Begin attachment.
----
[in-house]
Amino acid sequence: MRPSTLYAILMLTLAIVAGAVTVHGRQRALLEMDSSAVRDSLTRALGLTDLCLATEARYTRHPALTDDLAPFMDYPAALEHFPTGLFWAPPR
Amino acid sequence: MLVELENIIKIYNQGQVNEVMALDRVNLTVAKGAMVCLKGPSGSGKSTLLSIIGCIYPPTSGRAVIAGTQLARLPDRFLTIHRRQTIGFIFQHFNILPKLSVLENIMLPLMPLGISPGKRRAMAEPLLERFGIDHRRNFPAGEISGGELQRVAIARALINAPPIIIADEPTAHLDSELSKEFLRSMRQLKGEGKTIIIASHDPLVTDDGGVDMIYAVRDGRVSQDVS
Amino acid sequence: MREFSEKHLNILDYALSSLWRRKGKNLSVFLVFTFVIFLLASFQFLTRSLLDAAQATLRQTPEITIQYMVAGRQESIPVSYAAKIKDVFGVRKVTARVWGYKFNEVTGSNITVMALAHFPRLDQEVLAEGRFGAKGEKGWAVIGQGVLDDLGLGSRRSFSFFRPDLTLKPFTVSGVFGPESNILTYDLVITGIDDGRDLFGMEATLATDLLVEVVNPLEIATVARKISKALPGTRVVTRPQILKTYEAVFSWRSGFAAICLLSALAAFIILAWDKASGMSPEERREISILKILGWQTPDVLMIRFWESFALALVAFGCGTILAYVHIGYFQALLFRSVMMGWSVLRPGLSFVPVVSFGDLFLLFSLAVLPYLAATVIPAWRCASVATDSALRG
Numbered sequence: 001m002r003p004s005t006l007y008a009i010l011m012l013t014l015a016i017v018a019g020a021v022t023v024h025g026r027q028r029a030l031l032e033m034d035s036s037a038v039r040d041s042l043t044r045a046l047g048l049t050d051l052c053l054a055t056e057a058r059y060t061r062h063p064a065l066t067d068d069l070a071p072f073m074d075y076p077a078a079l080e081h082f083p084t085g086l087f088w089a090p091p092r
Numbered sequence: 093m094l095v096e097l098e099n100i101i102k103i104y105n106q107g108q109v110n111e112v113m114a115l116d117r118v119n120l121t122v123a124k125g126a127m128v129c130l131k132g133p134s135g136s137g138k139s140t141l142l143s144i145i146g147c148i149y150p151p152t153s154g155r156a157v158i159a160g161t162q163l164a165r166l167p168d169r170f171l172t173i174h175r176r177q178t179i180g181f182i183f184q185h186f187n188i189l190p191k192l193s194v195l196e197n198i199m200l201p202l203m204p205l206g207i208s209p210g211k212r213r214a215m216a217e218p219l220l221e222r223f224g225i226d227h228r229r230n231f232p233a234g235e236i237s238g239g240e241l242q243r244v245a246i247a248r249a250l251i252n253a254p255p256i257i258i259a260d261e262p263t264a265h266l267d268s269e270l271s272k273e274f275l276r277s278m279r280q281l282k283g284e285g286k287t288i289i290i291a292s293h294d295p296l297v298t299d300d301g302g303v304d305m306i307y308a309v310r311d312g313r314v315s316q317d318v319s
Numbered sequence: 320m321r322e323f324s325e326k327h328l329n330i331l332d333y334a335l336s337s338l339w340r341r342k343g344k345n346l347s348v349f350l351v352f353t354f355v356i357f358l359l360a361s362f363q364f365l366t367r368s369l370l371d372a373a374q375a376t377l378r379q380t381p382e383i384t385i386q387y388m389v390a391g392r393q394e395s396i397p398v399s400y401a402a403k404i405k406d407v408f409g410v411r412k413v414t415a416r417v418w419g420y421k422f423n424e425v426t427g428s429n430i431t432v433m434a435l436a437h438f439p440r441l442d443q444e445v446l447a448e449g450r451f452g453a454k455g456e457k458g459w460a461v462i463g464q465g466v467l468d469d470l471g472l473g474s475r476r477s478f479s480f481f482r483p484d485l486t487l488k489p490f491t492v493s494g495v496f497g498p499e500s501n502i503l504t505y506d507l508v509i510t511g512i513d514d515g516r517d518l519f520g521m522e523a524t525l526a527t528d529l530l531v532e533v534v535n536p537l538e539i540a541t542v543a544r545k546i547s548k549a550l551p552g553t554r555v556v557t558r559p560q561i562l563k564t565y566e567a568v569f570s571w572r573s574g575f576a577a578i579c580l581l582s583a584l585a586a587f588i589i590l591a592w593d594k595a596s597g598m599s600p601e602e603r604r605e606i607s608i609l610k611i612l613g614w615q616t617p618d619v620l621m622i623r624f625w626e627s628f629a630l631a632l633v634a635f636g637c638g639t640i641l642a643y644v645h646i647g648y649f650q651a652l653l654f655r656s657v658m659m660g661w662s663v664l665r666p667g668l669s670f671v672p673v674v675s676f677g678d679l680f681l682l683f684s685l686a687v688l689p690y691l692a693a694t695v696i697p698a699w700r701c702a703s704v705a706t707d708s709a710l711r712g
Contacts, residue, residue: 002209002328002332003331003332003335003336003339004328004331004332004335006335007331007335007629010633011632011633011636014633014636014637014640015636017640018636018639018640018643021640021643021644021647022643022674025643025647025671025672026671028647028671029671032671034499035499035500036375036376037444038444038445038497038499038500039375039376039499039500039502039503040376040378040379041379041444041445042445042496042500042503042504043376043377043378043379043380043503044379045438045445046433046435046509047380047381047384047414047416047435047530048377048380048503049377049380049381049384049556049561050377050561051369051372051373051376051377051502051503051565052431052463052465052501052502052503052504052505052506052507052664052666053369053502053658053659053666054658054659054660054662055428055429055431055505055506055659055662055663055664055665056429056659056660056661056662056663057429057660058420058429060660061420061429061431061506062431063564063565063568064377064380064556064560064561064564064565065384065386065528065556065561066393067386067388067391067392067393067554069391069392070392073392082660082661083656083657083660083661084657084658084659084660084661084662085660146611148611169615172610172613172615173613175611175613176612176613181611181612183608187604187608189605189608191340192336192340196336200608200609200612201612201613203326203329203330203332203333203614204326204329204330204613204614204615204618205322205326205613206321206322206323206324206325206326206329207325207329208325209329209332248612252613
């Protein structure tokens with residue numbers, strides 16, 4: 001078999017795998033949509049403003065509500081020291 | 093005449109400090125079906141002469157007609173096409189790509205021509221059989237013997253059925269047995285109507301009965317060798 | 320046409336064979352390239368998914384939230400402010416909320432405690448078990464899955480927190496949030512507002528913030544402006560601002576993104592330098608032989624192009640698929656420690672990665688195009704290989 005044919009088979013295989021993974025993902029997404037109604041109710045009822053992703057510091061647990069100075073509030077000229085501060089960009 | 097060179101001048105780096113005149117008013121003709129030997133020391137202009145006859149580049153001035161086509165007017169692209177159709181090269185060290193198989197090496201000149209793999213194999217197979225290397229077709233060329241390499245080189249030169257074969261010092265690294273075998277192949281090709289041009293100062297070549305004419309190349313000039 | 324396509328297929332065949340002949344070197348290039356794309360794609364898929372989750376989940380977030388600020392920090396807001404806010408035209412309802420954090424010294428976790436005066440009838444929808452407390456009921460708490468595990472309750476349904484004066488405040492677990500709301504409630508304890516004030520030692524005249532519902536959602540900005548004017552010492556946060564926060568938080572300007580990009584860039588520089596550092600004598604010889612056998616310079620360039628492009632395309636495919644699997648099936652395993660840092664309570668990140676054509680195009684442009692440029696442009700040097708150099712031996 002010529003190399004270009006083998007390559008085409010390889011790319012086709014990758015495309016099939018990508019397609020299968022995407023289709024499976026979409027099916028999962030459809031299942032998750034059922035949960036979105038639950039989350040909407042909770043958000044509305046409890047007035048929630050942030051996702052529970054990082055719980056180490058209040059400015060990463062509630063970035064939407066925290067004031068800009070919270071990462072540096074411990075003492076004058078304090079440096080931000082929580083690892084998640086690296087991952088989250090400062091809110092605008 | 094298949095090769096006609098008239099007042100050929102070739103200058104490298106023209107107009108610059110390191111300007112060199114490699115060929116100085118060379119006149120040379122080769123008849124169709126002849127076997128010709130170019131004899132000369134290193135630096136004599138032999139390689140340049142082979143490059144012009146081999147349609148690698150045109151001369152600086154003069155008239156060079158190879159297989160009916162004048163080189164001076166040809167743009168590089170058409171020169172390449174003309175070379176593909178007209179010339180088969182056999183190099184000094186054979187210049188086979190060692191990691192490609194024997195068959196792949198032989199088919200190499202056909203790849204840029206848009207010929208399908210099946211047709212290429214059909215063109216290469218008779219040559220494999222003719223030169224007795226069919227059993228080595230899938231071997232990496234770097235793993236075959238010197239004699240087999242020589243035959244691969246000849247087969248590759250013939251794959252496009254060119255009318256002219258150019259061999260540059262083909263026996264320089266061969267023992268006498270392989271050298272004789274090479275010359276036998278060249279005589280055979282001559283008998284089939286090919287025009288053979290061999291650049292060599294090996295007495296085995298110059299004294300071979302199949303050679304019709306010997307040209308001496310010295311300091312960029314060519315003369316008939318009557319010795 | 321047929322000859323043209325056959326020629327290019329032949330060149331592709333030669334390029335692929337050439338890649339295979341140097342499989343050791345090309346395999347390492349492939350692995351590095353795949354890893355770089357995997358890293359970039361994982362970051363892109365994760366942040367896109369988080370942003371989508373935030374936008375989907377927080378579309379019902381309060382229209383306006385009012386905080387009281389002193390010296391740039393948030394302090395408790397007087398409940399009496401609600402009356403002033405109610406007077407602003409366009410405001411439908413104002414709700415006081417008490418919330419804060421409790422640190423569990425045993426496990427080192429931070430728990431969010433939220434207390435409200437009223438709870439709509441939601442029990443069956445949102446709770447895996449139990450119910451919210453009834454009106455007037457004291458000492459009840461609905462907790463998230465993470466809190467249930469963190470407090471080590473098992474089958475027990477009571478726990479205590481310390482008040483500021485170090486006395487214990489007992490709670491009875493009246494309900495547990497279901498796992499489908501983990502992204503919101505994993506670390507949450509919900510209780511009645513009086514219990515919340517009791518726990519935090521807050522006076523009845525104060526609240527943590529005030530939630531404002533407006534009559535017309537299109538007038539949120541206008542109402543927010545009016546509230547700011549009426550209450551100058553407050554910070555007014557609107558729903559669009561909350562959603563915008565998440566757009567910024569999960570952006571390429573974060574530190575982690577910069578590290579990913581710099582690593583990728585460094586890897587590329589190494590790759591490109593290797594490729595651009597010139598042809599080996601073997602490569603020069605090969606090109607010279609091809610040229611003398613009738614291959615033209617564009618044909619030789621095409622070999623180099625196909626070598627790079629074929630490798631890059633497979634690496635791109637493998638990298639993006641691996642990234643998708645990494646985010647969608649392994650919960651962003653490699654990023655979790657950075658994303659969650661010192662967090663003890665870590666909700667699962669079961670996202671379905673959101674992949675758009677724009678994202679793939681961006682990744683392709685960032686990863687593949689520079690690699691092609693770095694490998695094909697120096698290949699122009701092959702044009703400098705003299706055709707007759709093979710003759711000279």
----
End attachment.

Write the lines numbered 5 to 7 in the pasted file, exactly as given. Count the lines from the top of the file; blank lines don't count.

Numbered sequence: 001m002r003p004s005t006l007y008a009i010l011m012l013t014l015a016i017v018a019g020a021v022t023v024h025g026r027q028r029a030l031l032e033m034d035s036s037a038v039r040d041s042l043t044r045a046l047g048l049t050d051l052c053l054a055t056e057a058r059y060t061r062h063p064a065l066t067d068d069l070a071p072f073m074d075y076p077a078a079l080e081h082f083p084t085g086l087f088w089a090p091p092r
Numbered sequence: 093m094l095v096e097l098e099n100i101i102k103i104y105n106q107g108q109v110n111e112v113m114a115l116d117r118v119n120l121t122v123a124k125g126a127m128v129c130l131k132g133p134s135g136s137g138k139s140t141l142l143s144i145i146g147c148i149y150p151p152t153s154g155r156a157v158i159a160g161t162q163l164a165r166l167p168d169r170f171l172t173i174h175r176r177q178t179i180g181f182i183f184q185h186f187n188i189l190p191k192l193s194v195l196e197n198i199m200l201p202l203m204p205l206g207i208s209p210g211k212r213r214a215m216a217e218p219l220l221e222r223f224g225i226d227h228r229r230n231f232p233a234g235e236i237s238g239g240e241l242q243r244v245a246i247a248r249a250l251i252n253a254p255p256i257i258i259a260d261e262p263t264a265h266l267d268s269e270l271s272k273e274f275l276r277s278m279r280q281l282k283g284e285g286k287t288i289i290i291a292s293h294d295p296l297v298t299d300d301g302g303v304d305m306i307y308a309v310r311d312g313r314v315s316q317d318v319s
Numbered sequence: 320m321r322e323f324s325e326k327h328l329n330i331l332d333y334a335l336s337s338l339w340r341r342k343g344k345n346l347s348v349f350l351v352f353t354f355v356i357f358l359l360a361s362f363q364f365l366t367r368s369l370l371d372a373a374q375a376t377l378r379q380t381p382e383i384t385i386q387y388m389v390a391g392r393q394e395s396i397p398v399s400y401a402a403k404i405k406d407v408f409g410v411r412k413v414t415a416r417v418w419g420y421k422f423n424e425v426t427g428s429n430i431t432v433m434a435l436a437h438f439p440r441l442d443q444e445v446l447a448e449g450r451f452g453a454k455g456e457k458g459w460a461v462i463g464q465g466v467l468d469d470l471g472l473g474s475r476r477s478f479s480f481f482r483p484d485l486t487l488k489p490f491t492v493s494g495v496f497g498p499e500s501n502i503l504t505y506d507l508v509i510t511g512i513d514d515g516r517d518l519f520g521m522e523a524t525l526a527t528d529l530l531v532e533v534v535n536p537l538e539i540a541t542v543a544r545k546i547s548k549a550l551p552g553t554r555v556v557t558r559p560q561i562l563k564t565y566e567a568v569f570s571w572r573s574g575f576a577a578i579c580l581l582s583a584l585a586a587f588i589i590l591a592w593d594k595a596s597g598m599s600p601e602e603r604r605e606i607s608i609l610k611i612l613g614w615q616t617p618d619v620l621m622i623r624f625w626e627s628f629a630l631a632l633v634a635f636g637c638g639t640i641l642a643y644v645h646i647g648y649f650q651a652l653l654f655r656s657v658m659m660g661w662s663v664l665r666p667g668l669s670f671v672p673v674v675s676f677g678d679l680f681l682l683f684s685l686a687v688l689p690y691l692a693a694t695v696i697p698a699w700r701c702a703s704v705a706t707d708s709a710l711r712g